On the Market: With Declining Membership, Citi Bike Tries to Turn Things Around

Danny Kim/flickr.

Danny Kim/flickr.

Houses in this market basically sell themselves, right? Well, not quite, but if you’re in mood to try For Sale By Owner, Brick Underground has a few tips including the often-overlooked one of being prepared to pay your buyer’s broker a 3 percent commission even if you’re saving on your own.

Affordable housing advocates have entered the NYU expansion plan fray, arguing on behalf of the university, DNAInfo reports. While they don’t have a direct stake in the development, they argue that the court’s decision to keep the university from alienating de-facto rather than declared parkland could have a chilling effect on future developments.

Citi Bike’s could-be comeback: Crain’s spends some time hanging out with Jay Walder, the CEO of Motivate, the company that’s now running Citi Bike and ponders whether the former MTA honcho can turn the popular but troubled program around. Citi Bike, of course, is the only bike share program that operates without government subsidies (though the corporate ones are substantial). And membership, Crain’s reports, is down 12 percent year over year.

In related news, police are ramping up their campaigns against cyclists in both Park Slope and Fort Greene, according to Gothamist, ticketing cyclists for the illegal but not dangerous—running red lights after checking to make sure it’s safe to do so—and the dangerous but not illegal—texting while biking.

We may all be biking soon, though, if the MTA raises fares and tolls 15 percent, as a top official threatened it may need to if the state doesn’t come through to close its capital funding gap, according to The New York Times.

Meanwhile, the agency is looking to ban all controversial political ads, according to The Wall Street Journal, in a move that they hope might protect it from future lawsuits when it declines to publish hateful speech, which it says endangers the safe and welcoming environment it hopes to foster on its trains. The MTA is currently in the midst of a lawsuit after it declined to run a pro-Israeli ad by the American Freedom Defense Initiative that attempted parody with, “Killing Jews is Worship that draws us close to Allah,” attributing the line to “Hamas MTV.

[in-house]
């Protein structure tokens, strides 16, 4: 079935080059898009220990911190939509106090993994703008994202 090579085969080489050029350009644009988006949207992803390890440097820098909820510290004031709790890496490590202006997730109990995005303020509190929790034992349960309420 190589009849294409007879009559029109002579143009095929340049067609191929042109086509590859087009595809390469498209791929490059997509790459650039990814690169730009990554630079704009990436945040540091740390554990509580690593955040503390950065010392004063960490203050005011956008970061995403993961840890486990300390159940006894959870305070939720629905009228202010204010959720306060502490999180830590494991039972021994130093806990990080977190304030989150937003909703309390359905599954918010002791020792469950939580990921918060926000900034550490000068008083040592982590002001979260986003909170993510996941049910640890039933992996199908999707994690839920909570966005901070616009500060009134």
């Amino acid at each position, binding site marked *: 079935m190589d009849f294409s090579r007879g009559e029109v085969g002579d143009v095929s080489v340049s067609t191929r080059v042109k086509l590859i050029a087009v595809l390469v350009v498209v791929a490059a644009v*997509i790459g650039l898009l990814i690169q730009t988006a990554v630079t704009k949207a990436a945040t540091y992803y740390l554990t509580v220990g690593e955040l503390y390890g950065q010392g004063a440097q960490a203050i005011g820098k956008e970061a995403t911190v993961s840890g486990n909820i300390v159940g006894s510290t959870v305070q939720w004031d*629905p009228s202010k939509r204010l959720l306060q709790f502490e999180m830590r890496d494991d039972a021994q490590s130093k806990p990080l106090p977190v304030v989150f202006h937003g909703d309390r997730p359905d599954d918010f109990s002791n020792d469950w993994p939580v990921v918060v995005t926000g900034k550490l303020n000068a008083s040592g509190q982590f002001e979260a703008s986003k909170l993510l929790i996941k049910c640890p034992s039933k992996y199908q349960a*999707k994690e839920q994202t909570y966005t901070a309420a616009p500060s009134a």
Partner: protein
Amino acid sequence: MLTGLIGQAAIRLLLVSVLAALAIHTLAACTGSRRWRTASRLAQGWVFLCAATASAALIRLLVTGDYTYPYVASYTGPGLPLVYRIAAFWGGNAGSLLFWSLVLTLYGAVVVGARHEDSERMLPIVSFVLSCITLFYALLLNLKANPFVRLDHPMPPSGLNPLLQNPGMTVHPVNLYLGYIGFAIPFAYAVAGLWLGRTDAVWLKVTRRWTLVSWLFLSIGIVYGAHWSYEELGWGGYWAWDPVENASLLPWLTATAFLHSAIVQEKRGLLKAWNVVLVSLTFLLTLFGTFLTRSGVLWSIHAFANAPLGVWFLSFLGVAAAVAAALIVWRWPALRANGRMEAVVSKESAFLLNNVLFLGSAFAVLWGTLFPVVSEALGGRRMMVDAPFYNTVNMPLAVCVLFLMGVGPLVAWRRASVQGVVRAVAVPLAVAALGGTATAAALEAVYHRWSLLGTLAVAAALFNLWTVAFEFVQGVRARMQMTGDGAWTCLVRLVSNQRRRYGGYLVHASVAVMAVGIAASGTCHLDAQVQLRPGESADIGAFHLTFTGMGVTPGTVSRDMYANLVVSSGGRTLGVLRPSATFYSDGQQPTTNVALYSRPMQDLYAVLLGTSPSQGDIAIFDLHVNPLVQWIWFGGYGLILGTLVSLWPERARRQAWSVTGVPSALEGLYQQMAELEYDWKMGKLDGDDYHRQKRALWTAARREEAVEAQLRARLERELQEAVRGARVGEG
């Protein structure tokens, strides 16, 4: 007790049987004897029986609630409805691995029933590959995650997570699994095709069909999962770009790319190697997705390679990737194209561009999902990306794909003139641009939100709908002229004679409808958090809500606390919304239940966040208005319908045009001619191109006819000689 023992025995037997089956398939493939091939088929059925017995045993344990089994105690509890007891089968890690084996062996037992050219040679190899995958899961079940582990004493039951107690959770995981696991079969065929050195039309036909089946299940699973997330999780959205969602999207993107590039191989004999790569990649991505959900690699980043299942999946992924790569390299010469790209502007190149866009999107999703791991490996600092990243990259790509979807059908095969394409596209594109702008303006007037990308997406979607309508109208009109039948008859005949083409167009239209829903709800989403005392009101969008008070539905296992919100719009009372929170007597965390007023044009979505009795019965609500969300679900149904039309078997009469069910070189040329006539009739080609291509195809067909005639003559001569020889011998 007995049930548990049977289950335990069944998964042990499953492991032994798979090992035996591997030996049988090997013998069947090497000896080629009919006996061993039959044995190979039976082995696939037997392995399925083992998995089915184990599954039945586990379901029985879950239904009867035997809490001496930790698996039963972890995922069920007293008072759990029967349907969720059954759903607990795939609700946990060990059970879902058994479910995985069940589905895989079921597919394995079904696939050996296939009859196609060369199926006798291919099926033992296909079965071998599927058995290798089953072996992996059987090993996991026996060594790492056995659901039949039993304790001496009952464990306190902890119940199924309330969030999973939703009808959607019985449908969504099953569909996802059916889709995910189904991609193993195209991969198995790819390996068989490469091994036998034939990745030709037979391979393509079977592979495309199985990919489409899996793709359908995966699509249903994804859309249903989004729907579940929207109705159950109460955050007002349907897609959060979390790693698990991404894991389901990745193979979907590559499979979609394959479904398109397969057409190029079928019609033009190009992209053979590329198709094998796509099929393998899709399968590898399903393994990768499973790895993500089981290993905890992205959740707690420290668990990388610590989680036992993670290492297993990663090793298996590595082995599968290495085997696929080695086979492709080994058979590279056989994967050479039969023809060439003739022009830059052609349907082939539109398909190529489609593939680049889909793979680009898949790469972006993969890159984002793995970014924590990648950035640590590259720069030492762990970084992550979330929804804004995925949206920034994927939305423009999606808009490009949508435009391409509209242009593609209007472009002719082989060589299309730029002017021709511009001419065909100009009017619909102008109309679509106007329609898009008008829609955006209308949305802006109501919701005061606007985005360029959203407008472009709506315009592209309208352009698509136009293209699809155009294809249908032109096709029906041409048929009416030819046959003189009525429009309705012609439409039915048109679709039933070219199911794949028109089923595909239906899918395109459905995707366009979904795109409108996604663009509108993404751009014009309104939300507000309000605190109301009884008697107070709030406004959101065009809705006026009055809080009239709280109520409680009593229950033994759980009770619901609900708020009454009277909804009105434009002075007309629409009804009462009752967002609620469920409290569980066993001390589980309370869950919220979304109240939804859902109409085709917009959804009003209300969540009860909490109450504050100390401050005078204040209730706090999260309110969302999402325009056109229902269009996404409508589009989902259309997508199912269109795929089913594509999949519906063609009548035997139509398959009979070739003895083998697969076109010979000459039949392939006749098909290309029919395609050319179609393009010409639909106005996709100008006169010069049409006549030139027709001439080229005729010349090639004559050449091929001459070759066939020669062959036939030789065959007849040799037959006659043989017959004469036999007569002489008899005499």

The residents of Sayler House, a building on W. 165th Street that provides housing for families, the elderly, those living with HIV/AIDS and the formerly homeless have been without gas, heat or hot water for three weeks, according to DNAInfo. Volunteers of America, the group that runs the building, said they worked to restore services as soon as possible, but tenants say they should be reimbursed for the inconvenience.

Gas troubles as well for Carnegie Deli, which the city shut down last week when workers found evidence that the hotspot, famed for its towering piles of meat, was siphoning gas, according to The New York TimesAfter Con Ed determined that the diversion had lasted for six years, the deli’s owner cut a $40,000 check on the spot, but the lunch spot remains closed while the investigation proceeds.

Last of all, Gothamist reports that Westway, the strip club turned real dance club, is closing down this summer to make way for what else? Condos.

On the Market: With Declining Membership, Citi Bike Tries to Turn Things Around